Upper Trafalgar Street
Sat 19 – Sun 27 Oct
PLEASE NOTE THE CHANGE IN VENUE FROM WHAT’S PRINTED IN THE FESTIVAL BROCHURE.
PERFORMANCE: Mon 28 Oct, 7pm
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This year’s Nelson Arts Festival has a designated space hosted by communities from different cultural backgrounds, to encourage informal conversations around arts and culture.
The Festival Tent at the top of Trafalgar Street will serve as a base for communities to create works to be shown and performed at the end of the Festival.
The public is invited to visit this space and interact with the communities while they engage in a flurry of creativity, and be part of the interesting Cultural Conversations that take shape.
At the end of the Festival, the groups will present what they have created in a performance on the Church Steps, in the Cultural Conversations Performance.
Sat 19-Mon 21 Oct: Sri Lankan group
Tue 22-Thu 24 Oct: Bhutanese group
Fri 25-Sun 27 Oct: Colombian group
Sri Lankan group
Sat 19 & Sun 20 Oct, 3-7pm; Mon 21 Oct, 5-7pm
All activities will take place each day
– Mask painting and conversations around the process
– Mask exhibition and performance
– Sari demonstration
In Sri Lankan traditional dances, the masks are an integral part. The masks that will be showcased and painted during Cultural Conversations are called Kolam masks, which means these masks are used by the dances/performances to depict a satirical story. Each mask represents a role or character you’d find in the village or town. It could be from the village beauty to the policeman. The origins of the Kolam masks and dances go back centuries. Some of the stories are based on Buddhist scriptures.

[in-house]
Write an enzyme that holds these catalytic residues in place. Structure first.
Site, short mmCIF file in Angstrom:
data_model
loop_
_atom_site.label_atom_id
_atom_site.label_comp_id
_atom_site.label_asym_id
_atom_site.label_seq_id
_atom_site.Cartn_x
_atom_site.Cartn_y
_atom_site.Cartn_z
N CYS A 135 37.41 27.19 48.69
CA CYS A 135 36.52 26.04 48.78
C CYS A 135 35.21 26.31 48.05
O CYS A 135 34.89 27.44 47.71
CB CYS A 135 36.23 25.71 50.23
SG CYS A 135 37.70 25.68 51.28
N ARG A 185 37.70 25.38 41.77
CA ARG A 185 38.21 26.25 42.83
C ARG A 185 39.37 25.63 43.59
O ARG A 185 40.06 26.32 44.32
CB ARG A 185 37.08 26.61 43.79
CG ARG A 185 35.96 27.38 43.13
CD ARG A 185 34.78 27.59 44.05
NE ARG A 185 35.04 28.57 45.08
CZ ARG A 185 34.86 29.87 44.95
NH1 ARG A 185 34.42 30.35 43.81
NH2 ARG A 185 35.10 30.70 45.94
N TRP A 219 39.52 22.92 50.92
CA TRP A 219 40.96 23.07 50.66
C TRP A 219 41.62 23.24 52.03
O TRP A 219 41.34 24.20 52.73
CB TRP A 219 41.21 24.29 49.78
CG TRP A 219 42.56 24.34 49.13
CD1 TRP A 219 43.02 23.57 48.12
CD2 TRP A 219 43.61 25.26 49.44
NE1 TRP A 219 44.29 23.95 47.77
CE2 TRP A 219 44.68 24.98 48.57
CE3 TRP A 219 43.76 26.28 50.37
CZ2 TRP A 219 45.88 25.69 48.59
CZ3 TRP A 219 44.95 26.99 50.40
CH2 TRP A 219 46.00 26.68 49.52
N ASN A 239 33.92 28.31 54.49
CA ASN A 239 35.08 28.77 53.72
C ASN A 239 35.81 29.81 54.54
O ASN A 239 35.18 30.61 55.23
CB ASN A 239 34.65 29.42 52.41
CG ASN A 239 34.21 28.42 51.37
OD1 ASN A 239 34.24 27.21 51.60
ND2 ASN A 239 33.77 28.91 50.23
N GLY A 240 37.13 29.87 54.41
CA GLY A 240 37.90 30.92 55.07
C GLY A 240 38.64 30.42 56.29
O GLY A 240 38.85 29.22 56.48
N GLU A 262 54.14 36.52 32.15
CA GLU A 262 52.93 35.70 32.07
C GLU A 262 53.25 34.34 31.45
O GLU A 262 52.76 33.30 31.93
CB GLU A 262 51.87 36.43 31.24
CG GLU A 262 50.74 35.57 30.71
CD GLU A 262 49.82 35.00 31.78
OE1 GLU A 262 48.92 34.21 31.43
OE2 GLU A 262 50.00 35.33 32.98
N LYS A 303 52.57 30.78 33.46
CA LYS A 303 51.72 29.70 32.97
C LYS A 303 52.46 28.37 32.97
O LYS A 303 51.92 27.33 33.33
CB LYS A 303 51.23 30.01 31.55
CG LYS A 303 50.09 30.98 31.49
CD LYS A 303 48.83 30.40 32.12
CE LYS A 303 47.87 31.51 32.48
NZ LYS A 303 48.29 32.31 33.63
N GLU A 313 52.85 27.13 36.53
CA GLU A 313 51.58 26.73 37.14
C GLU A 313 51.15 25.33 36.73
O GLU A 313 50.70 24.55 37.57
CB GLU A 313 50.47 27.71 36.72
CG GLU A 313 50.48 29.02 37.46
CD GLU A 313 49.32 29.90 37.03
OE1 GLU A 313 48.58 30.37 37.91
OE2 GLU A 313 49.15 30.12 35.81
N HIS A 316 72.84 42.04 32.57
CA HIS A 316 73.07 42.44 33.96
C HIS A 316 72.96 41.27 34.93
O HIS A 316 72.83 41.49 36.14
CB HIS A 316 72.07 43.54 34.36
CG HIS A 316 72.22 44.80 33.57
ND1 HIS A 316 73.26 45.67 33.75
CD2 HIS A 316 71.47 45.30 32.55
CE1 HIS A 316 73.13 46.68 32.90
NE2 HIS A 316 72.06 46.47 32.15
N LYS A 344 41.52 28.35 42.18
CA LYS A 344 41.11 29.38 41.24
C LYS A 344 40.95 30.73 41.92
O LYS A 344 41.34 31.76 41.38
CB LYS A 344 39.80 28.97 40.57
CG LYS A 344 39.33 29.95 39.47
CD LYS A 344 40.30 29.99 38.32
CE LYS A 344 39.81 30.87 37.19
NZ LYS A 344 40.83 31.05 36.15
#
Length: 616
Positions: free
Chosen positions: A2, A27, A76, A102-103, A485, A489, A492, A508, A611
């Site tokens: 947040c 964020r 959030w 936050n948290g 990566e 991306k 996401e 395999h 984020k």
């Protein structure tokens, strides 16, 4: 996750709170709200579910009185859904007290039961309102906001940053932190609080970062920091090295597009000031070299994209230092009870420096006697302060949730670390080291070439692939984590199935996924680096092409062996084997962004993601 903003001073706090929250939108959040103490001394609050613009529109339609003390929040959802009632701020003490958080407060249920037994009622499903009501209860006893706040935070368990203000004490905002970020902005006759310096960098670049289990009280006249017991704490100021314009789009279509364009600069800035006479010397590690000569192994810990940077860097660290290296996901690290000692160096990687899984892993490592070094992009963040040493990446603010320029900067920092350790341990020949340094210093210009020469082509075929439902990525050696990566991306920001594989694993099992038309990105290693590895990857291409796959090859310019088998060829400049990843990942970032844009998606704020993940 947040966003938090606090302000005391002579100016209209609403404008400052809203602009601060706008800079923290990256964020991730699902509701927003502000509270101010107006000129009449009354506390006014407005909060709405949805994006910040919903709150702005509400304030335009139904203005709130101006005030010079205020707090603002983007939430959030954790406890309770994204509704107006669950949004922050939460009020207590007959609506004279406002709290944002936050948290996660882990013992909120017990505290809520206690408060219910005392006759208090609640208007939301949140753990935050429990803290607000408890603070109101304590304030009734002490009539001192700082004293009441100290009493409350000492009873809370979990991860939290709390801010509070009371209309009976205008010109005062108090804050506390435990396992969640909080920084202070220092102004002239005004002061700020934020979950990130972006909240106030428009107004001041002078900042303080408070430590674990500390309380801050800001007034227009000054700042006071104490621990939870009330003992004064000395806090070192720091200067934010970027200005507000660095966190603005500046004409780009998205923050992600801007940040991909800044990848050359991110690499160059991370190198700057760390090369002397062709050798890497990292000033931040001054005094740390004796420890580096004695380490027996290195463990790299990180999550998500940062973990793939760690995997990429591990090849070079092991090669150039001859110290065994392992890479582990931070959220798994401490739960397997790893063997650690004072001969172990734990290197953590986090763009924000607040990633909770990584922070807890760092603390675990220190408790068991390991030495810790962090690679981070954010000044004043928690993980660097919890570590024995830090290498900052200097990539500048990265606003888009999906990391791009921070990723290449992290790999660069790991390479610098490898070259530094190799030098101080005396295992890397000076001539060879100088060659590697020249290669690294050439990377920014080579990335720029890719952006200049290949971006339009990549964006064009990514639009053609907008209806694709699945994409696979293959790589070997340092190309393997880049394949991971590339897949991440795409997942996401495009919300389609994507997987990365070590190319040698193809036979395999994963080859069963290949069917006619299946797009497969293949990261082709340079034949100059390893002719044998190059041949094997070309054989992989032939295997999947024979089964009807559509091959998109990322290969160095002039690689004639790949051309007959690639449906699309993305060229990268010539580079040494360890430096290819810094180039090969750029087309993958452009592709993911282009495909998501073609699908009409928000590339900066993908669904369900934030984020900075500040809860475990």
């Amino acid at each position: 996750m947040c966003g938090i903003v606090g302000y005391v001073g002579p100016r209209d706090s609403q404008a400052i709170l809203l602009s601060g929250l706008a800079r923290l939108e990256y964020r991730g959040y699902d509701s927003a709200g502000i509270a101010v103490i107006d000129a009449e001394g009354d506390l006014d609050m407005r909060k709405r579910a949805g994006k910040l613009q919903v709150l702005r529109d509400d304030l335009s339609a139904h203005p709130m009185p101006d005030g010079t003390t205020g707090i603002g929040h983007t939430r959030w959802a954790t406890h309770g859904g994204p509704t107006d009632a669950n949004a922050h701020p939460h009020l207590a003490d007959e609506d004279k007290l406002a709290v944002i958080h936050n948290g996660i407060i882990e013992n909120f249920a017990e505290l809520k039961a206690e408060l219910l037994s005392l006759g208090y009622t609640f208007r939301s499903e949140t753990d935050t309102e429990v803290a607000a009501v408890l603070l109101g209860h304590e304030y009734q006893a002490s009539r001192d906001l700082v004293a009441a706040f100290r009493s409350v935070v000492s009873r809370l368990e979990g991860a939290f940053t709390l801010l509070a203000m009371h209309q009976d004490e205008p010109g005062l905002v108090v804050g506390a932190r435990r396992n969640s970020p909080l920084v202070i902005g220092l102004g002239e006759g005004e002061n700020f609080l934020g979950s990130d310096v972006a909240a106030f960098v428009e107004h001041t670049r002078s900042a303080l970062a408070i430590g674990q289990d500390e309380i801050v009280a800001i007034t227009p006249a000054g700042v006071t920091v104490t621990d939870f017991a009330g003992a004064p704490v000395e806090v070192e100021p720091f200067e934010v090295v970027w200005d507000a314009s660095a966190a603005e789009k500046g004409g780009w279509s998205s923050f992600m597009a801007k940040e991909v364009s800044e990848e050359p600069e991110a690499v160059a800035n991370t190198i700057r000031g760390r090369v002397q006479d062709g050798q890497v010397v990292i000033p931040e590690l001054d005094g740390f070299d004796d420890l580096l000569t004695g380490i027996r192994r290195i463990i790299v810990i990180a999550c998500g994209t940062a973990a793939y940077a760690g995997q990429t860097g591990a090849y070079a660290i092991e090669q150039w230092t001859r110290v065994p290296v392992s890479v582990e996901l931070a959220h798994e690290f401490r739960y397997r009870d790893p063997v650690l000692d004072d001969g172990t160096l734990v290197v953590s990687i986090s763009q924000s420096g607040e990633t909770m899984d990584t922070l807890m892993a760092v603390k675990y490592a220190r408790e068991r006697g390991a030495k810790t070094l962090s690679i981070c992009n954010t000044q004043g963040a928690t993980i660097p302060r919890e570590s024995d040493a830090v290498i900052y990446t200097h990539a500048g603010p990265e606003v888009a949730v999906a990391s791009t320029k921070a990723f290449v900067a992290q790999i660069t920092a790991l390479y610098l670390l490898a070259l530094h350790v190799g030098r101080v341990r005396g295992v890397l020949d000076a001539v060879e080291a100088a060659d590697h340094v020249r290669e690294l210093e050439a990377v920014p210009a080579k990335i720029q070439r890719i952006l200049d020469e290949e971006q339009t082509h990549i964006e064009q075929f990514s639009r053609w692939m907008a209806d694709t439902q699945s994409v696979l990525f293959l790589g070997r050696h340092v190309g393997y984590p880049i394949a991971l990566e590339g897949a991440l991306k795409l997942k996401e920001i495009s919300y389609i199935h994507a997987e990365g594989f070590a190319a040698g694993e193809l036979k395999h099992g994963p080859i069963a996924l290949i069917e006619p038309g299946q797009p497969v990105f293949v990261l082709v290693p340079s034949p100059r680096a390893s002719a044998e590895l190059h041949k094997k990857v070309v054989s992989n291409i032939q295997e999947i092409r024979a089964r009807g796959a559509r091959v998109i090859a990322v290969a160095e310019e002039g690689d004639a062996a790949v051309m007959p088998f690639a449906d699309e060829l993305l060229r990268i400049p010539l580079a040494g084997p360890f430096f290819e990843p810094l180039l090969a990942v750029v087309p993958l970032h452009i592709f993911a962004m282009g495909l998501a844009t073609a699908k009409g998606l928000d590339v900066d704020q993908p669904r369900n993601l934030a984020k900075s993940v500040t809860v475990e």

Tue 22 – Thu 24 Oct
There will be different activities each day:
Tue 22 Oct, 6-7pm: Music, dances and modelling different costumes
Wed 23 Oct, 5-7pm: Playing a fun traditional festival dice game called Langur burja and an exhibition of paintings
Thu 24 Oct, 5-7pm: Music and dancing by children
Fri 25 Oct, 3-7pm; Sat 26 & Sun 27 Oct, 1.30-7pm
Fri 25, 3-4pm, Sat 26 & Sun 27, 1.30-2.15 & 6-6.45 – dance practice and performance by Orchid Latin Dance
4.30pm each day, Pablo Salas will offer dance lessons to the public.
There will also be hair braiding demonstrations and a painting exhibition.
Hair braiding was a form of communication during slavery. Messages would be relayed to signal the desire to escape and the roads they would use. Gold and seeds were sometimes hidden to help survival after escaping to remote areas.
Pablo Salas will teach a choreography that will be part of the performance on Mon 28 Oct.